Jay Humphrey says Yes.
Tony Capitelli says Yes.
Lee Ramos says Yes.
Al Melone says No.
Rita Simpson says No.
Jim Righeimer says No if not medical.
Chris Bunyan says Yes.
Barbara Venezia of the Daily Pilot asks Yes or No on messages on toilet seats:
Jay Humphrey says Yes.
Tony Capitelli says Yes.
Lee Ramos says No.
Al Melone says No.
Rita Simpson says No.
Jim Righeimer says No.
Chris Bunyan says Yes.
Norberto Santana of the Voice of OC asks about taking four years with all of Righeimer’s promises and only outsourcing trash.
Jim Righeimer says they can’t outsource the city. He says general employee average total compensation is $105,000. He says the City worked with city employees to cap cash outs of employee vacation pay when they separate from employment.
John Canalis of the Daily Pilot asks about Banning Ranch.
Chris Bunyan says he has fought developing Banning Ranch. He criticizes Righeimer.
Jim Righeimer says it’s Newport Beach’s decision.
Rita Simpson says it’s the Coastal Commission’s decision.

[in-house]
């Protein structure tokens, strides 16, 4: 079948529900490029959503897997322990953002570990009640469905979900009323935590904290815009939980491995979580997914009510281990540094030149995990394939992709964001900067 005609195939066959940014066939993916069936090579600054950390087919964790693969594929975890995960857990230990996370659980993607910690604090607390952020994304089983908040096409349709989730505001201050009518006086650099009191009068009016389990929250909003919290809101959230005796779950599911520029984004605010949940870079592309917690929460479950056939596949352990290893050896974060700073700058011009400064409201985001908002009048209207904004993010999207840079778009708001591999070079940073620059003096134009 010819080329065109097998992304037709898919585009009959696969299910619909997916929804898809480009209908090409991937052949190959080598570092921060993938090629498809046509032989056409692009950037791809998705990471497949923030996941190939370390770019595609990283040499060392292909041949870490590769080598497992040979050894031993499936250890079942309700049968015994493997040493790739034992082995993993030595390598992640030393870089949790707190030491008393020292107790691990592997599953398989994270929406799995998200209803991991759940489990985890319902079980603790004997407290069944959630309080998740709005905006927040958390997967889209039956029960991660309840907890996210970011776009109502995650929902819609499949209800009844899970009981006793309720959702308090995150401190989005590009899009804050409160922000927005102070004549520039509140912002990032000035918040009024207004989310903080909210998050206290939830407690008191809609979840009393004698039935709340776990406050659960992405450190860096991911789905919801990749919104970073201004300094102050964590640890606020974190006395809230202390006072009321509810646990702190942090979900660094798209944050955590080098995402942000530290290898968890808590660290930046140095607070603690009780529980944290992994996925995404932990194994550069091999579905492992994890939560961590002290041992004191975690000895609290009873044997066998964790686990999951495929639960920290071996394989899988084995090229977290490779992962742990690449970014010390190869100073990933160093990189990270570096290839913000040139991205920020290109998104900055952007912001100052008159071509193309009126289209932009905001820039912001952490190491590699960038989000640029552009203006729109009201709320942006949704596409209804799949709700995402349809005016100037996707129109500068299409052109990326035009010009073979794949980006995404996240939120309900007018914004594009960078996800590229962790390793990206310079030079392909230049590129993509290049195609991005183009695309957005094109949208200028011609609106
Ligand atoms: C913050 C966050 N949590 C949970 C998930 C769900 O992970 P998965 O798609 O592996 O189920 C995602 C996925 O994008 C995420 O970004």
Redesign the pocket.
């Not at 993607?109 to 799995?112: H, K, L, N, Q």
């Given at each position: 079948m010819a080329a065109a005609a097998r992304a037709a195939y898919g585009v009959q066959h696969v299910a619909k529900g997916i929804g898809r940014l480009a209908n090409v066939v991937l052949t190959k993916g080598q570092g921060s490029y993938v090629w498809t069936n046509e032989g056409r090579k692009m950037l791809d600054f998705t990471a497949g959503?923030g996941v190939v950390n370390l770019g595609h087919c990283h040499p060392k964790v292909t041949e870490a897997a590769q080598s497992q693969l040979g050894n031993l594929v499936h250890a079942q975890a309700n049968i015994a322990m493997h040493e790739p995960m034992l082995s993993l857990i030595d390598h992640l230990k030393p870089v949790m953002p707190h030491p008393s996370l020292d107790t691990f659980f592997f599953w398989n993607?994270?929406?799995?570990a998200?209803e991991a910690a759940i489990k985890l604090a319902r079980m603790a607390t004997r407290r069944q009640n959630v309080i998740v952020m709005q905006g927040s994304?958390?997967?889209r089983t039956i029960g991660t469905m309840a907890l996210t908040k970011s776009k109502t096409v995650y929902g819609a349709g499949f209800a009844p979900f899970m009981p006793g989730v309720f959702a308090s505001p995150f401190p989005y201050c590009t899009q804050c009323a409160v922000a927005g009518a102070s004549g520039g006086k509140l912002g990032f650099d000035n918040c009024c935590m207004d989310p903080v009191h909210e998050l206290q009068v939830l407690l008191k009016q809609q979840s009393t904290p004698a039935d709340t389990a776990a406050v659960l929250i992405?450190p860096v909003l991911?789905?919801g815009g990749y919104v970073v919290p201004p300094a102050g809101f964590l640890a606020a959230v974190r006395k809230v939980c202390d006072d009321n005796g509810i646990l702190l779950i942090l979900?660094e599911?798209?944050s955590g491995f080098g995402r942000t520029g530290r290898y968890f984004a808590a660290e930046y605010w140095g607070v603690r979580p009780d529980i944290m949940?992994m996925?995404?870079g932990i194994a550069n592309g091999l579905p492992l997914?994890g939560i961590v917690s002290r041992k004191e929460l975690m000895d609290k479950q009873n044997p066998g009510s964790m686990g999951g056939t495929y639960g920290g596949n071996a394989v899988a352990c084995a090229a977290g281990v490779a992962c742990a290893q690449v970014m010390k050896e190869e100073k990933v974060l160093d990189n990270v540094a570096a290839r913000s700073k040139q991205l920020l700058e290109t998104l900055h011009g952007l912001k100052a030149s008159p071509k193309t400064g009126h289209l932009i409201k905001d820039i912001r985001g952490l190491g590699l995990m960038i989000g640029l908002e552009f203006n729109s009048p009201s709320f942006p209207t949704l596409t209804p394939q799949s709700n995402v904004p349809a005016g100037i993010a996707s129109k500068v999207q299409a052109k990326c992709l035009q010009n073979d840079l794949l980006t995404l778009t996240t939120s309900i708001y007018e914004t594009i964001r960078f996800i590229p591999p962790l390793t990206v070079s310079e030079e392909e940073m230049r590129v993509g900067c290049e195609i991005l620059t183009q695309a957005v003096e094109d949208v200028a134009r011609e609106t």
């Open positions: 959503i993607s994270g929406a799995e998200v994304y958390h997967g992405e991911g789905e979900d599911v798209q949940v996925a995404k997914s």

Lee Ramos says there needs to be tighter control of the project.
Tony Capitelli calls for mitigation.
Jay Humphrey opposes the project.
Your blogger missed the final Yes or No question, but here are the answers (if someone recalls the answer please comment below or click on contact us above):
Jay Humphrey says No.
Tony Capitelli says says Yes.
Lee Ramos says Yes.
Al Melone says Yes.
Rita Simpson says Yes.
Jim Righeimer says Yes.
Chris Bunyan says No.
This blogger apologizes for any errors and omissions. Feet to the Fire debates are always the most difficult events to live blog due to their quick and lively pace. Additionally, tonight’s extremely disruptive audience made it difficult to hear the candidates and panelists at times.